Agent Green

There’s been an interesting discussion on Crimespace recently about whether the search for an agent or the search for a publisher is the hardest to endure. Since I haven’t gotten an agent yet, I can only respond to that side and the answer is unequivocally: the agent search is harder. I’m in the midst of the submission process for my second novel. While I’m not nearly close to the submission numbers of some other people, I’ve tallied up quiet a total myself and it’s starting to wear on me.

I almost wish I could just send out hundreds of query letters and know they would all be passes. The worst part is getting nibbles here and there that show you glimpses of the promise land. I have no doubt that I will eventually sign with an agent and eventually sign a book deal. But that dream is at best several months or several years away, and in the worst case scenario, it could be decades before it happens. I’m not sure I have the patience to deal with that time frame.

Now part of me really enjoys the query process. It makes me feel like I have a measure of control over my career and that I’m not just waiting around. But the more successful I am at the querying process, the more waiting there is involved. When I was querying for Lunchbox Hero, I sent out letters to 31 agents. More than 60% requested sample chapters, and that process went pretty quick. I sent the letters out and started receiving responses within a few weeks to a month. After I sent out the sample chapters, I would usually hear back on them within another month or so. None of the agents who requested sample chapters requested the whole manuscript, so the process went fairly quickly.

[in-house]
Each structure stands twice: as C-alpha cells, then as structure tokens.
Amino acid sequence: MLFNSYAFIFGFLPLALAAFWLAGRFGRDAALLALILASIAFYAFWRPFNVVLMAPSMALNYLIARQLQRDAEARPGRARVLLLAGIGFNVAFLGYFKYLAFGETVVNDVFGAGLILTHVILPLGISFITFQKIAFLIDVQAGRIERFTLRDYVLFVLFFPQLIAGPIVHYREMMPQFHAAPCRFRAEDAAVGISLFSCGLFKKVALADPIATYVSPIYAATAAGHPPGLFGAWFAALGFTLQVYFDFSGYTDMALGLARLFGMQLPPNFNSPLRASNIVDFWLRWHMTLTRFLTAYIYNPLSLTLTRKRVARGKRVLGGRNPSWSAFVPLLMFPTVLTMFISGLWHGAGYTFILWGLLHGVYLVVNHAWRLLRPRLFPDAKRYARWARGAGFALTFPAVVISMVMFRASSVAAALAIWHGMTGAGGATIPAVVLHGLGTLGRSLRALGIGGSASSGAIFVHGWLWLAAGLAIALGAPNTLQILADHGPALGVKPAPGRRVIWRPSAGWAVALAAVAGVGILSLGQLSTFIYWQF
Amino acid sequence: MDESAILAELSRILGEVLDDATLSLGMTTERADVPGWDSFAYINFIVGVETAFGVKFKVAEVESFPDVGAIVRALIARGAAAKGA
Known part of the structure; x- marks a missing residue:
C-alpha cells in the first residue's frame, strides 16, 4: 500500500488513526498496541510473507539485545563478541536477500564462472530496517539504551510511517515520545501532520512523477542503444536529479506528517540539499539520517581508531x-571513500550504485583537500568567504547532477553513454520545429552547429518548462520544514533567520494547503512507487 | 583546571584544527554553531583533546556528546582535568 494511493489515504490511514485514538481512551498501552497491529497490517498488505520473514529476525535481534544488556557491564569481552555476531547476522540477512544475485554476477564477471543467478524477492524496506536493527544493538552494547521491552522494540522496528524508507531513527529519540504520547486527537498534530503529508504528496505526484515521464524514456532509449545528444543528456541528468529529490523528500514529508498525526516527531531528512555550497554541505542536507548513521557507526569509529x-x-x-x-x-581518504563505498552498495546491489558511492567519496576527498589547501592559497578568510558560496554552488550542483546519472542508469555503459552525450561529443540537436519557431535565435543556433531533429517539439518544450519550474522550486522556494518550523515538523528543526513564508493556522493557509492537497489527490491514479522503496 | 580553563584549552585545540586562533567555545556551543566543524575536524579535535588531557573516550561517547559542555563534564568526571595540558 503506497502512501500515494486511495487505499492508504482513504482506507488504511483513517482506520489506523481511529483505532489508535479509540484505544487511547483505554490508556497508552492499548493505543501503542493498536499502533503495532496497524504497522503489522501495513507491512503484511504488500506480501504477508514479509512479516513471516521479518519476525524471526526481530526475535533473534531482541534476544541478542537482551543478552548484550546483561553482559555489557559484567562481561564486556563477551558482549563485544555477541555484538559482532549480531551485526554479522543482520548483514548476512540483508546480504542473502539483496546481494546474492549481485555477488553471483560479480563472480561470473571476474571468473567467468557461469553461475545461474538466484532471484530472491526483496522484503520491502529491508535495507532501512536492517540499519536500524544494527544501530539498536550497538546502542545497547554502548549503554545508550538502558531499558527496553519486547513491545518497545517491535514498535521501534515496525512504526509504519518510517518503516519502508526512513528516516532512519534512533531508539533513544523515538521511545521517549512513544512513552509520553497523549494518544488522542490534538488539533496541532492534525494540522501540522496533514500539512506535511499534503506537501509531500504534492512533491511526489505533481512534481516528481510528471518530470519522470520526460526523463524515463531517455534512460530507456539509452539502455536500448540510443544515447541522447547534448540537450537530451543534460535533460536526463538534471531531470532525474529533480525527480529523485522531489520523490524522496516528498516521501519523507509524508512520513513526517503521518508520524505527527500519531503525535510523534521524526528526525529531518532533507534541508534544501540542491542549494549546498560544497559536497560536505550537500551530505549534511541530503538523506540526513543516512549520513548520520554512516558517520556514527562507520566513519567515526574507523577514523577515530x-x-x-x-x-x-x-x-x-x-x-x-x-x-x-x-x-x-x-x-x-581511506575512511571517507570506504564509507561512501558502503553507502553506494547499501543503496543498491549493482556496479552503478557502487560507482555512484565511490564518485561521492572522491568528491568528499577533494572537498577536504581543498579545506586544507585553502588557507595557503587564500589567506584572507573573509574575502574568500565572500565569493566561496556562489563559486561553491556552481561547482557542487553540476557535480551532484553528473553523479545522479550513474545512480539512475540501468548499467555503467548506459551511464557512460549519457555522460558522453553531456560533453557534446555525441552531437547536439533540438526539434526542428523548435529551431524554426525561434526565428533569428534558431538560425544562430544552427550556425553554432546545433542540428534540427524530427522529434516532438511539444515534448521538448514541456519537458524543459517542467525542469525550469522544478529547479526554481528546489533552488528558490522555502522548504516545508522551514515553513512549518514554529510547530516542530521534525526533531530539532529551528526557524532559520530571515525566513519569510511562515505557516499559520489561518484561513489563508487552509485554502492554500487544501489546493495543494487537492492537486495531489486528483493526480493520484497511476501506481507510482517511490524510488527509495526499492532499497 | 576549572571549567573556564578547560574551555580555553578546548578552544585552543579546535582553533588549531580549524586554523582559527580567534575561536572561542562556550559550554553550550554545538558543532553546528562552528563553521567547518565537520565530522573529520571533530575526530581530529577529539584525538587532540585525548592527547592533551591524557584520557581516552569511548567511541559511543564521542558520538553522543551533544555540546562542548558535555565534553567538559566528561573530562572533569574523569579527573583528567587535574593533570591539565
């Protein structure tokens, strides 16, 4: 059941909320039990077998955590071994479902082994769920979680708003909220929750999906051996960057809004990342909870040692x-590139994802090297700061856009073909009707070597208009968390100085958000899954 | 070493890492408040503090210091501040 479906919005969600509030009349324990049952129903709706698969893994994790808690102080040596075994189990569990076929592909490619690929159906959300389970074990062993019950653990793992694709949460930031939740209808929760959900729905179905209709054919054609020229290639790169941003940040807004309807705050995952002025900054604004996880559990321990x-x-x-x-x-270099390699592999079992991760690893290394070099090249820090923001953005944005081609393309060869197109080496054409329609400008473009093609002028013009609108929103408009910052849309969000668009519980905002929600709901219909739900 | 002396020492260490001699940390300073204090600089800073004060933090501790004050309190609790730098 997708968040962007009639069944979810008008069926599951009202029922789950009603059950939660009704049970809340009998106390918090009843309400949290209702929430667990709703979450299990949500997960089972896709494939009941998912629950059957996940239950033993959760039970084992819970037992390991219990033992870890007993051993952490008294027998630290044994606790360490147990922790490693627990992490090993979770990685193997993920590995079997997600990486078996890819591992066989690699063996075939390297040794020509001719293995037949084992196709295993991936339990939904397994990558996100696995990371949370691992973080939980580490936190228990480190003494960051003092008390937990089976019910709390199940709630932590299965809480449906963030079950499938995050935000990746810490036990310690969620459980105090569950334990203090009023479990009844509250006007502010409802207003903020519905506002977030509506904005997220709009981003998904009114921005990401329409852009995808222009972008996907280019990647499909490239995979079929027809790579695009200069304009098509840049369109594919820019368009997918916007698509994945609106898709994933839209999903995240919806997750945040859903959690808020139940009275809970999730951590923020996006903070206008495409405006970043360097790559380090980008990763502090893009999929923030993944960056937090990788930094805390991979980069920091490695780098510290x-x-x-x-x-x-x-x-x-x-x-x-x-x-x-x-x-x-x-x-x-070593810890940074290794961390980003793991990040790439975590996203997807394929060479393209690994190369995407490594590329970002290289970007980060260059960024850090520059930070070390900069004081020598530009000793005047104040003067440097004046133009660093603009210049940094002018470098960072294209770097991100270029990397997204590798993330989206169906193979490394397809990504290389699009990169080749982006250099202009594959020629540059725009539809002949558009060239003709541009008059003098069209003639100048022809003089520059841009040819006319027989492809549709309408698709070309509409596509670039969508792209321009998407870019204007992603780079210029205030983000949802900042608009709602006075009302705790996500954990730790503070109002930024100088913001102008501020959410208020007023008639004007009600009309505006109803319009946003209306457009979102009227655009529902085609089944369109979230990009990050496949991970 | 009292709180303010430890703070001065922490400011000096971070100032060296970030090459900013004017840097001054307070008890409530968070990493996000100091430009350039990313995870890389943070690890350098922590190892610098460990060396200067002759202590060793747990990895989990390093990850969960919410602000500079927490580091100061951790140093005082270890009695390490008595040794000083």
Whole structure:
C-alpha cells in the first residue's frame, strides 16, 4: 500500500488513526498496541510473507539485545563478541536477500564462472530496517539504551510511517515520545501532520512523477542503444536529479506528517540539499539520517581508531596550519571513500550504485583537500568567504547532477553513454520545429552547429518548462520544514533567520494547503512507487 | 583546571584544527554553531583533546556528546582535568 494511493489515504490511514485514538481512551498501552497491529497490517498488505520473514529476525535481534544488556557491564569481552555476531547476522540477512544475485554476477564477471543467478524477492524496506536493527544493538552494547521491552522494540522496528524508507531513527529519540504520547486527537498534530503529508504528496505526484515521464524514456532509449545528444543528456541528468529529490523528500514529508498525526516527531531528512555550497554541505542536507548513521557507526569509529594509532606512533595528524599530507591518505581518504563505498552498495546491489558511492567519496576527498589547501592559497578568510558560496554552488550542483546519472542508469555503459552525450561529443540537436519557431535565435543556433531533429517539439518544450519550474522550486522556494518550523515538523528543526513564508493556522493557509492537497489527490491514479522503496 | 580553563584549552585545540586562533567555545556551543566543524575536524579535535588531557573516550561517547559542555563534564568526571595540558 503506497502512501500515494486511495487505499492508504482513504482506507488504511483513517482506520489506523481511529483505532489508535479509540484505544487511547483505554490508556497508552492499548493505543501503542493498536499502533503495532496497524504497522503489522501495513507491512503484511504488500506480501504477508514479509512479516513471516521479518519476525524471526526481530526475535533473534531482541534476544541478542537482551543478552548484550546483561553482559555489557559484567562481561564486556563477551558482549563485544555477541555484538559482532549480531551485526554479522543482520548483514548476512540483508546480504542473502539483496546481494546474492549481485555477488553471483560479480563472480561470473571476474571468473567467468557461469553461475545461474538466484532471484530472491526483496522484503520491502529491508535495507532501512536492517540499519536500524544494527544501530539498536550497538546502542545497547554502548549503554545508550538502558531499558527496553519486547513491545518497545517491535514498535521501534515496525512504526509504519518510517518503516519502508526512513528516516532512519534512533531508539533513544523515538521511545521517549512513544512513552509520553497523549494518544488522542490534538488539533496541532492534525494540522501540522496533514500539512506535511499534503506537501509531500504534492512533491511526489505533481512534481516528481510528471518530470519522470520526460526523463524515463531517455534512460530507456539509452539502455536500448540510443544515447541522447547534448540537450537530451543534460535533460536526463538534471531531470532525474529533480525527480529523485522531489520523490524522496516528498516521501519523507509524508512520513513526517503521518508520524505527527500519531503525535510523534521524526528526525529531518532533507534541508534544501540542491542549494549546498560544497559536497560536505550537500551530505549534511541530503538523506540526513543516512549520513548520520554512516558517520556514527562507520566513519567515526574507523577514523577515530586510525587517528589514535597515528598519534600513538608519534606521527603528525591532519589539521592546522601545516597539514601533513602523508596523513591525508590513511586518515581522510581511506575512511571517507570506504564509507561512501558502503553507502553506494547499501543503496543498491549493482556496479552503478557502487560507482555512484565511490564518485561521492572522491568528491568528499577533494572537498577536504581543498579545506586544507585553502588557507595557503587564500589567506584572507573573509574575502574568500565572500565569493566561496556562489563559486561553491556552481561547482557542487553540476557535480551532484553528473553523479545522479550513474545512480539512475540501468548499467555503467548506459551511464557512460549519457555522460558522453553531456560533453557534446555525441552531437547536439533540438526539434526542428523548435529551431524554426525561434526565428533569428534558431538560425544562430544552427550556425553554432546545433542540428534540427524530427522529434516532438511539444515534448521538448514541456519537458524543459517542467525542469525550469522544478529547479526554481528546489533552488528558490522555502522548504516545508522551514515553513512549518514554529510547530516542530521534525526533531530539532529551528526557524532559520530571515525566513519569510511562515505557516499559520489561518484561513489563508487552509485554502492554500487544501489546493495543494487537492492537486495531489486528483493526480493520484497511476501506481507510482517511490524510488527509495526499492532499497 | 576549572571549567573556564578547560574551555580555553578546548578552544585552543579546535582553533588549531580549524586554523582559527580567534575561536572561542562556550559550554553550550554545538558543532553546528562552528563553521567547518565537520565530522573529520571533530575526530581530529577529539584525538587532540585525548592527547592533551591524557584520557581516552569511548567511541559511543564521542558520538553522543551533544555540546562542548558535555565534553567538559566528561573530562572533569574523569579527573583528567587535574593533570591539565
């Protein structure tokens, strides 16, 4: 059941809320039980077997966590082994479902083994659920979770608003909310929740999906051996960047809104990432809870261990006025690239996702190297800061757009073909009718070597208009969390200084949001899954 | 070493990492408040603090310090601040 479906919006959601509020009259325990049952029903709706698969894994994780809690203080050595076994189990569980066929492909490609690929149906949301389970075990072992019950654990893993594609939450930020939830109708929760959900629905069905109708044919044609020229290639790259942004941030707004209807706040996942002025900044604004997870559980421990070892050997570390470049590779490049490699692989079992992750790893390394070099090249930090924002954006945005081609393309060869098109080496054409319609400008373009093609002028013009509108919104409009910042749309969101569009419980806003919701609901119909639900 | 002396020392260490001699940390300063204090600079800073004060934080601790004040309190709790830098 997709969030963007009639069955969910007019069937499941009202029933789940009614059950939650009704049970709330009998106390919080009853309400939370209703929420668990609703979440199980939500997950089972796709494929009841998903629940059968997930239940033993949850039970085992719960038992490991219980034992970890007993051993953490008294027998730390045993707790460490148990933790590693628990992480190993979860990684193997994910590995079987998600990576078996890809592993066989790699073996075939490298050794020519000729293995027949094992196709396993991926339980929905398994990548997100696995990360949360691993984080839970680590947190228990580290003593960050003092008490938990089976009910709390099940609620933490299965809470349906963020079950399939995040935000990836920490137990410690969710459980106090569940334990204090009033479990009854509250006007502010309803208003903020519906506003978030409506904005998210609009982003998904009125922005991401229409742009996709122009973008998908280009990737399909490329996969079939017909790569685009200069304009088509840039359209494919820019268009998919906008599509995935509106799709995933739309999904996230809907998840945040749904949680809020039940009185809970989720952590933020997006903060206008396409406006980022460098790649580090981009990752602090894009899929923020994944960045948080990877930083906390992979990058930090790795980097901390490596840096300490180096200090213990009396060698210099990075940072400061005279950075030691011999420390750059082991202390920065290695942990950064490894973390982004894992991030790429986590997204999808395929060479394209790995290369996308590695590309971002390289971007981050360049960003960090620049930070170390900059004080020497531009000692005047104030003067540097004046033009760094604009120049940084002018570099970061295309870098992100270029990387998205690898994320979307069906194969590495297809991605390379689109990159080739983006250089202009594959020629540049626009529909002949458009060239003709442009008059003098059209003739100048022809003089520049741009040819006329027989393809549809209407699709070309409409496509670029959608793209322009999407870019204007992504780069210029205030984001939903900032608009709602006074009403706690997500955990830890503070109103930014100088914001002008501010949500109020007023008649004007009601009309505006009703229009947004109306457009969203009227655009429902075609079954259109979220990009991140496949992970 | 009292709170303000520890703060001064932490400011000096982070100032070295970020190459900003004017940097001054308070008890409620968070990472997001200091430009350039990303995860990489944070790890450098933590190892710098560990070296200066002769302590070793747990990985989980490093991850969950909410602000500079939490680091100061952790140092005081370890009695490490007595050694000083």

With this new book though, I’ve so far had three requests for the full manuscript. One agent responded within a few months, another agent has had it for almost six months, and a third agent just requested it a week or so ago. In addition to those requests, I’ve sent out about 30 queries, mostly through email and haven’t had any other bites. I’ve been pretty turned off by my success rates with email queries, so I gave up on that and will concentrate any further efforts through snail mail. Last Wednesday I sent off a batch of 10 query letters and received my first two rejection letters in the mail today. I’ve got a list of another 10 agents I will send paper queries to within the next couple of weeks.

I realize it sounds like I’m complaining about my tiara being too tight or my wallet being too full, but I guess I’m just trying to work this all out in my head and understand the process. The key, I think I’ve finally figured out, is to keep myself busy with other things. Not only am I constantly researching and updating my list of potential agents, I’m also working on the next book in the series (Sorry Harry) and rewriting the last couple of chapters of the current book on the advise of a great reader.

But until I get an agent, it all can seem at times like I’m wasting my efforts. When it all comes down to it, I guess I’m desperately seeking the validation that comes with a reputable agent wanting to sign me.